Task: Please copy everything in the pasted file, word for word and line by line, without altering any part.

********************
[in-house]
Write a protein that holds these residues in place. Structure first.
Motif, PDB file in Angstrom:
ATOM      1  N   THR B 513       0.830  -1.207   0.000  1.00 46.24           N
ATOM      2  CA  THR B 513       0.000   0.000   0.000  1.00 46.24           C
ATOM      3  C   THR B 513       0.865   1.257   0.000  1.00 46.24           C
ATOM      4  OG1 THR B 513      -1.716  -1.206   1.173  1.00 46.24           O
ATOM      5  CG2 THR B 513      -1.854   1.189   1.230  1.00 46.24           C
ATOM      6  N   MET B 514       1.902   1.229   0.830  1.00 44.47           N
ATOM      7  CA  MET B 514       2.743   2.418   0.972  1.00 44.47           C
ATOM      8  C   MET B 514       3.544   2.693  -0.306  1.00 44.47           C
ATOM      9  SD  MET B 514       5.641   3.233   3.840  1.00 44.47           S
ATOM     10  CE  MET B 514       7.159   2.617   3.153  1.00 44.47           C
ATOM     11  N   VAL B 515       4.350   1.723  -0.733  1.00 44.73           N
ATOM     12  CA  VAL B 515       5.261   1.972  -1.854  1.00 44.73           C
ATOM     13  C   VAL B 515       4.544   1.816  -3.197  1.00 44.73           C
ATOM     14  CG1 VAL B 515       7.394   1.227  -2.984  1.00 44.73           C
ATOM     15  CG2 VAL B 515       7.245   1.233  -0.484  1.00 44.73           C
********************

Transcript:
[in-house]
Write a protein that holds these residues in place. Structure first.
Motif, PDB file in Angstrom:
ATOM      1  N   THR B 513       0.830  -1.207   0.000  1.00 46.24           N
ATOM      2  CA  THR B 513       0.000   0.000   0.000  1.00 46.24           C
ATOM      3  C   THR B 513       0.865   1.257   0.000  1.00 46.24           C
ATOM      4  OG1 THR B 513      -1.716  -1.206   1.173  1.00 46.24           O
ATOM      5  CG2 THR B 513      -1.854   1.189   1.230  1.00 46.24           C
ATOM      6  N   MET B 514       1.902   1.229   0.830  1.00 44.47           N
ATOM      7  CA  MET B 514       2.743   2.418   0.972  1.00 44.47           C
ATOM      8  C   MET B 514       3.544   2.693  -0.306  1.00 44.47           C
ATOM      9  SD  MET B 514       5.641   3.233   3.840  1.00 44.47           S
ATOM     10  CE  MET B 514       7.159   2.617   3.153  1.00 44.47           C
ATOM     11  N   VAL B 515       4.350   1.723  -0.733  1.00 44.73           N
ATOM     12  CA  VAL B 515       5.261   1.972  -1.854  1.00 44.73           C
ATOM     13  C   VAL B 515       4.544   1.816  -3.197  1.00 44.73           C
ATOM     14  CG1 VAL B 515       7.394   1.227  -2.984  1.00 44.73           C
ATOM     15  CG2 VAL B 515       7.245   1.233  -0.484  1.00 44.73           C